|M.Sc Student||Etay Kantor|
|Subject||Nonlinear Structural and Aerodynamic Modeling for|
Static Aeroelastic Analysis
|Department||Department of Design and Manufacturing Management||Supervisor||Professor Raveh Daniella|
|Full Thesis text|
The push towards lighter and more efficient aircraft structures has led to modern aircraft configurations that are more elastic than ever, featuring large elastic deformations in their operating conditions. This trend applies to UAV platforms as well as to transport aircraft. Such platform might be susceptible to detrimental aeroelastic phenomena that must be accurately analyzed and accounted for in the design process. One shortcoming of modern production aeroelastic analysis and design methods is that they typically rely on linear structural and linear aerodynamic models, which are not suitable for geometrically nonlinear structures, of large deformations.
The current study employs a nonlinear, modal-based, structural modeling approach, together with nonlinear aerodynamic modeling, for static aeroelastic analyses. The nonlinear structural model, intended for geometrically nonlinear structures of large deformations, analyzes the deformations of a beam-like structure by dividing it into a small number of segments. Large deformations are treated as the sum of large, rigid-body displacements of the segment, plus small, linear, elastic deformation within the segment. The nonlinear aerodynamic modeling approach is a modified strip theory, also designed for beam-like structures, that is based on a database of nonlinear sectional aerodynamic forces. The seminar will present the two models, with focus on the nonlinear structural model and the intricacies of the application of compatibility equations between segments when using a modal approach.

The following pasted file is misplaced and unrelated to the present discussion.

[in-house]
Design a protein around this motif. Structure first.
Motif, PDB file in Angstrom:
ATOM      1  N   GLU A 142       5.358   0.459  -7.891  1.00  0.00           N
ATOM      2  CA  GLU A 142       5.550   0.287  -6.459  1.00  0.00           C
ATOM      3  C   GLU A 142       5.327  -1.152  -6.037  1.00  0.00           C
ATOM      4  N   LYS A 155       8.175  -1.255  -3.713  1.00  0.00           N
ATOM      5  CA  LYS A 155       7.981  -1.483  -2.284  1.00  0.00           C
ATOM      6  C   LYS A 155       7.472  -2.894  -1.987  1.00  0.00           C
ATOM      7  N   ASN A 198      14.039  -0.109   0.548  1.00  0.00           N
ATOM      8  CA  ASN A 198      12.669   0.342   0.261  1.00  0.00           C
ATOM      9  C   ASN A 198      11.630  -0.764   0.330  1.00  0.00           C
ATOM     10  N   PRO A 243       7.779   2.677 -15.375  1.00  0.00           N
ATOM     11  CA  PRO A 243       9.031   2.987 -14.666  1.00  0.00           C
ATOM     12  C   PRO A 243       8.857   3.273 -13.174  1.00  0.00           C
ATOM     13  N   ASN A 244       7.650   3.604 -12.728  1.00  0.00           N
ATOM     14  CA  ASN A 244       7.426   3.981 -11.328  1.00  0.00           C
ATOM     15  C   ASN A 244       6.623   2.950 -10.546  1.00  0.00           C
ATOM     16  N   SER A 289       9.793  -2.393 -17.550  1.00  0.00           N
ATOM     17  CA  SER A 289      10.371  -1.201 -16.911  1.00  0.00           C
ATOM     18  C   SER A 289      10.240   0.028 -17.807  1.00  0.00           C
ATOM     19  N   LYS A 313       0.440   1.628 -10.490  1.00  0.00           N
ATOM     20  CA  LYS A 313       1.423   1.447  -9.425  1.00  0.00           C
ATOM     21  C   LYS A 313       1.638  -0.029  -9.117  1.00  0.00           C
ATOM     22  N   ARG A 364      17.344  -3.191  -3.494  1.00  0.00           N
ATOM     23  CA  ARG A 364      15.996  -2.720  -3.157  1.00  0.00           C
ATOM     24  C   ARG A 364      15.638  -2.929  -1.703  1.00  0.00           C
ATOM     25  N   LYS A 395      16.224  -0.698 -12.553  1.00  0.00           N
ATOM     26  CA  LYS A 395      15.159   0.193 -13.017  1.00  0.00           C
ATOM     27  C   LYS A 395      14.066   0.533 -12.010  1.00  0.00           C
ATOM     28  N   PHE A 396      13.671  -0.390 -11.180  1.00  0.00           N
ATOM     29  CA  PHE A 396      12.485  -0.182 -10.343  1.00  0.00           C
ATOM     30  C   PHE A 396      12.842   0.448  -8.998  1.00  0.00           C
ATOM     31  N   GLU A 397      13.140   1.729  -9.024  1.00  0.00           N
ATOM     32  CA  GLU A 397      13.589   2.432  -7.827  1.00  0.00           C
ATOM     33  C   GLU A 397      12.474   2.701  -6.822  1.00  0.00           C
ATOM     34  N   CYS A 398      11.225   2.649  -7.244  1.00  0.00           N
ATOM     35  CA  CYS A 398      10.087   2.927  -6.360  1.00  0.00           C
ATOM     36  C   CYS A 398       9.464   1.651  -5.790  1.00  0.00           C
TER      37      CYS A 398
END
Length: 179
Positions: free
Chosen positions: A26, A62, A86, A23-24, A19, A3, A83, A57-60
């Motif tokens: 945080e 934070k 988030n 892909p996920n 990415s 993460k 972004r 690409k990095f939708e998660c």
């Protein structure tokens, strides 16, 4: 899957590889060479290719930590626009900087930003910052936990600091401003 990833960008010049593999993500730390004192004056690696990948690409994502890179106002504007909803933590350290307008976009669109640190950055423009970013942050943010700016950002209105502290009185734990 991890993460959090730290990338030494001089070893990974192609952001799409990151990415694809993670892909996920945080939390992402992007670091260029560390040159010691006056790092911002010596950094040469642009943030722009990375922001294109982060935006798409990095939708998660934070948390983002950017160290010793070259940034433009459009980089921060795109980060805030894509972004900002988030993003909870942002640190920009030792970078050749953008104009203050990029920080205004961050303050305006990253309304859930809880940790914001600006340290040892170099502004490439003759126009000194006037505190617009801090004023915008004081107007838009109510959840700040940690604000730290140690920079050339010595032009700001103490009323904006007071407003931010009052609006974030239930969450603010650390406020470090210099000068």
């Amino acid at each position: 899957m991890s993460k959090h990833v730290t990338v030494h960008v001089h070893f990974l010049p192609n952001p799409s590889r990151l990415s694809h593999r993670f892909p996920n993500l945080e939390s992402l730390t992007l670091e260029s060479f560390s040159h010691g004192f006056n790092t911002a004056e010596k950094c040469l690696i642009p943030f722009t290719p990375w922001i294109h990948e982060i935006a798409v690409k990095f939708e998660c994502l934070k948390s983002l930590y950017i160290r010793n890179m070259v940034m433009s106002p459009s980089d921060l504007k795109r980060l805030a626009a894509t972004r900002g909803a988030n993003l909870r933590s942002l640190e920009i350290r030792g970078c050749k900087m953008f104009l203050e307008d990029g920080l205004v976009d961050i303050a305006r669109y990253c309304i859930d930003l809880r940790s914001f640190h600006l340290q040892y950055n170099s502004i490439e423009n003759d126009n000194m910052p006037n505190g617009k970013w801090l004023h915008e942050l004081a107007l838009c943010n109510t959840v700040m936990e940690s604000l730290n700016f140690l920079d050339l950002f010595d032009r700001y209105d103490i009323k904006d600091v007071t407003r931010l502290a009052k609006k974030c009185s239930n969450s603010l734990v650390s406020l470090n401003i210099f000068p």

The numerical examples include several load cases that validate the implementation of the methodology and demonstrate its use for static aeroelastic applications. Two validation cases include a beam subject to a large follower tip force, with reference to results from commercial nonlinear finite-element solver, and a wind-tunnel test of a wing with large deformations. The third case is of a highly elastic wing subject to large aerodynamic loading. It is used to compare between the nonlinear and linear structural and aerodynamic modeling approaches, and highlight the effect of nonlinear modeling on the resulting aeroelastic and aerodynamic characteristics.